Under the weather? This soup will make you feel like a kung fu master!
Oh, how I’ve missed you, Revelers! The past several days have been just miserable. I’ve been hiding out, struggling against an excess of muck either stuck inside or coming out of the various holes in my head. When my mother called to say hello the other day, I was still in bed.
“Hello?” I said, sounding a little too much like Andre the Giant.
This, of course, freaked my mom out.
Mom: “wwWhat’s wrong!? Where are you? Are you okay?
Me: “I’b ok, mob. I’b juss sick”
Mom: “[Gasp!] Aiya. You poor thing! Can I come over? Let me make you some SOUP!”
I don’t know about you, but when I start to get sick I pretend nothing is wrong and hope it just goes away.
If When that fails, I crawl under a rock and avoid human interaction. No talk, no touch, no eye contact. I hate being asked what’s wrong. It sounds like a list of why I’m a weenie, to which people are obliged to have a concerned and sympathetic response.
(If you are my mother, please do not read this next part… Thank you.)
So… it’s kind of nice when your mom reacts as if it’s the most dramatic thing in the world that you have a cold. Under normal circumstances I hate being babied by my mom. If she sees a sign of weakness, she comes in for the kill (I’m not kidding, a few years ago she got me on her lap somehow, then tried to rock me like a baby! I’m still traumatized). My sisters and I have learned to shut down the mush the second we see it coming. However, in this particular instance, I saved the drama for my mama.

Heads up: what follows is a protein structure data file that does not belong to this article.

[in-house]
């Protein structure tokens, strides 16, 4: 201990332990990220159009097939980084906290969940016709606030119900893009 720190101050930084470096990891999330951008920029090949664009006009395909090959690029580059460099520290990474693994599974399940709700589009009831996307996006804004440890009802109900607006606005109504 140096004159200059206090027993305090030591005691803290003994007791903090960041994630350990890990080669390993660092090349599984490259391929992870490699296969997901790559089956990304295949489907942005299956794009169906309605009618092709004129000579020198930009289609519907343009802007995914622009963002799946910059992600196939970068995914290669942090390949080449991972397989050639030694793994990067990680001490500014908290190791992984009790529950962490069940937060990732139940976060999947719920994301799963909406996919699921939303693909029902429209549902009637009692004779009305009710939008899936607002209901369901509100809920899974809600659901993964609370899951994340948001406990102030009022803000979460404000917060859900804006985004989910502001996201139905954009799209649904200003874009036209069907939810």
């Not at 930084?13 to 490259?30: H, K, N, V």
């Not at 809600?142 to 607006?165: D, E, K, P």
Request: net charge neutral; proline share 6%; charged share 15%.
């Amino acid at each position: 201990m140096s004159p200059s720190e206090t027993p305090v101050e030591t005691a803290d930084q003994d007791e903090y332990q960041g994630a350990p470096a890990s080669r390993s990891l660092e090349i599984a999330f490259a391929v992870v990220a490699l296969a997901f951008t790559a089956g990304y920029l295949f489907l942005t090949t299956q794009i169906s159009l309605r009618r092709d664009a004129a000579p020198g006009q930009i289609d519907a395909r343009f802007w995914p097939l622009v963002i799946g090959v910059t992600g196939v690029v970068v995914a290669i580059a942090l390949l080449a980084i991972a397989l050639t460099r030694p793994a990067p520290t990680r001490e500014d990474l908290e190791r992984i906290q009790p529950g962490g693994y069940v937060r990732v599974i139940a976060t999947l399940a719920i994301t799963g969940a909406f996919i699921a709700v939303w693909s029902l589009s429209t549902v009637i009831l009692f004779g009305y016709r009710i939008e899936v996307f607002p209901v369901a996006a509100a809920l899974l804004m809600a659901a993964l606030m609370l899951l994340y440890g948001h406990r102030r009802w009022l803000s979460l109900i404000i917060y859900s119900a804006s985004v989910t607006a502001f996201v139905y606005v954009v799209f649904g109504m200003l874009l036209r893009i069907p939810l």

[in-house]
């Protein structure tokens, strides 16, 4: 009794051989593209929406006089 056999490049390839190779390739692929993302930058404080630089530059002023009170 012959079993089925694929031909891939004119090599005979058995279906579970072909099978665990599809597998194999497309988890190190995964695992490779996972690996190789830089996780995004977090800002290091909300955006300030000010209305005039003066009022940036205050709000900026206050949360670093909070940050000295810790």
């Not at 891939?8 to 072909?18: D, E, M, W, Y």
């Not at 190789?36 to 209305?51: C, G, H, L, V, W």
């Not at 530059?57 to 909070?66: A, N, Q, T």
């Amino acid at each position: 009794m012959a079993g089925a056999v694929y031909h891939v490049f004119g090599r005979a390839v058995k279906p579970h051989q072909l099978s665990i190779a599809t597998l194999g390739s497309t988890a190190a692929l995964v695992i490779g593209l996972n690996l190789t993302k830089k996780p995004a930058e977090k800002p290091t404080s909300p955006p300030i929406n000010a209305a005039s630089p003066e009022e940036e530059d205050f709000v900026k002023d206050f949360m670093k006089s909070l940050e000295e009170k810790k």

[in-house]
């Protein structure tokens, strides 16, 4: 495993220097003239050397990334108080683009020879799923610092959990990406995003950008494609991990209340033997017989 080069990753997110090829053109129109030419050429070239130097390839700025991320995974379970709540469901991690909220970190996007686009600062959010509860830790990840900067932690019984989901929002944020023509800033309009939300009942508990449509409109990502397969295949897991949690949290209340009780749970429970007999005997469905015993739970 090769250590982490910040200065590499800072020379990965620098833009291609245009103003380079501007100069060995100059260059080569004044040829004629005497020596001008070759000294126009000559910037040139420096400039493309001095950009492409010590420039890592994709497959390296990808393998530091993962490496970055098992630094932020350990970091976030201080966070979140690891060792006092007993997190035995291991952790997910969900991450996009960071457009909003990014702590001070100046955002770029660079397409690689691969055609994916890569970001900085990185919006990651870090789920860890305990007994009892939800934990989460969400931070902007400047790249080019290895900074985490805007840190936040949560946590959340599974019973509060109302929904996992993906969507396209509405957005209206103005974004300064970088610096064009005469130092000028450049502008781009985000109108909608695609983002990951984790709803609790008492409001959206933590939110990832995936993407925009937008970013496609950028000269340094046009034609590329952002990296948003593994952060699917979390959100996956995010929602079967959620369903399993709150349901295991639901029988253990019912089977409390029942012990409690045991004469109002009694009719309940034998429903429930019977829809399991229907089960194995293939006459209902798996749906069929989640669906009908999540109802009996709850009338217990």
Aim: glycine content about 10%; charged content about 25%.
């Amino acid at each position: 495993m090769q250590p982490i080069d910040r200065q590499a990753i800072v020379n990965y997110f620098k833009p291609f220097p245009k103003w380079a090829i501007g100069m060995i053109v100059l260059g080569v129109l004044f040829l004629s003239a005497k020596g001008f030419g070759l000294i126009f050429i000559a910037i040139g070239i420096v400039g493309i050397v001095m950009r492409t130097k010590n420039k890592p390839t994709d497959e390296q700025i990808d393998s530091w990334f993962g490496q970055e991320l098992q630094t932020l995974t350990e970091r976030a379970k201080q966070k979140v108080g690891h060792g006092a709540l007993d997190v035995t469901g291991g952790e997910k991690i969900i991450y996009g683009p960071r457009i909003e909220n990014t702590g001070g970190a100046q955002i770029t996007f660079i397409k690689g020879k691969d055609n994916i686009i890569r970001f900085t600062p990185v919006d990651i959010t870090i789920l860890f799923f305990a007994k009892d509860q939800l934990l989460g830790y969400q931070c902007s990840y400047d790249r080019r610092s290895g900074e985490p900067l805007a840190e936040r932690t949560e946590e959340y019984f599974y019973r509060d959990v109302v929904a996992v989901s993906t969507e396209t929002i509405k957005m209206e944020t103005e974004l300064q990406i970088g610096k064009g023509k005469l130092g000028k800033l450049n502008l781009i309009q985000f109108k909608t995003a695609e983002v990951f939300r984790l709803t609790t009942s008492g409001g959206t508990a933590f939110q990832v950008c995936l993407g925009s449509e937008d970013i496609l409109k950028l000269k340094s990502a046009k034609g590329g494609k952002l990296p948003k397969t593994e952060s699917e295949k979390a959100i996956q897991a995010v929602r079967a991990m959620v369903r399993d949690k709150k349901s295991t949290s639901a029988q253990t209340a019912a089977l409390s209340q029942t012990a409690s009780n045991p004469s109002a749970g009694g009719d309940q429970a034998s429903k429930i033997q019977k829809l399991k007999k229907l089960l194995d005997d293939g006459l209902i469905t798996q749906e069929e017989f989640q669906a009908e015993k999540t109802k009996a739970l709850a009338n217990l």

I hadn’t slept well in days and was rotting under a pile of snotty tissues. I needed some chicken soup. And my mom.
Mom showed up at my door with a pitcher of magical broth, and enough takeout to feed 10 people. She plopped me down on the sofa with a steaming hot mug. When I inhaled, the nourishing vapor caressed my beaten up sinuses. As I sipped and sipped and refilled, my whole body charged up like a battery. Copper top.
Did it cure me? Not exactly, but the more I drank, the better I felt. It made me feel miraculously stronger and more alert. I was human again!
Any time mom hears a friend or family member is sick or recovering, she goes straight for the soup pot. It’s an old school kind of a thing, but it makes you feel so loved and cared for drinking it. Mom jokes that every soup recipe in her old Chinese cookbooks claims to help an endless list of ailments. Basically, if anything is wrong with you, the soup is good for it. But, the real secret to why it makes you feel better is the love and good wishes that were put in.
Recipe: Mom’s Chinese Miracle Vitality Chicken Soup
This soup is nourishing, warming, and delicious. I promise it will make you feel so much better. Apples may seem a bit unusual, but their fresh flavor and touch of sweetness compliment the savory ingredients wonderfully. Dried tangerine peel can be found at Asian markets, and lends distinctive warm citrus fragrance and faint bitterness to the soup. The amount of water listed is a guideline. You can use more or less depending on how concentrated you like the soup. The spent solids are strained after the soup has cooked, leaving you a flavorful broth to cozy up with, no spoons required.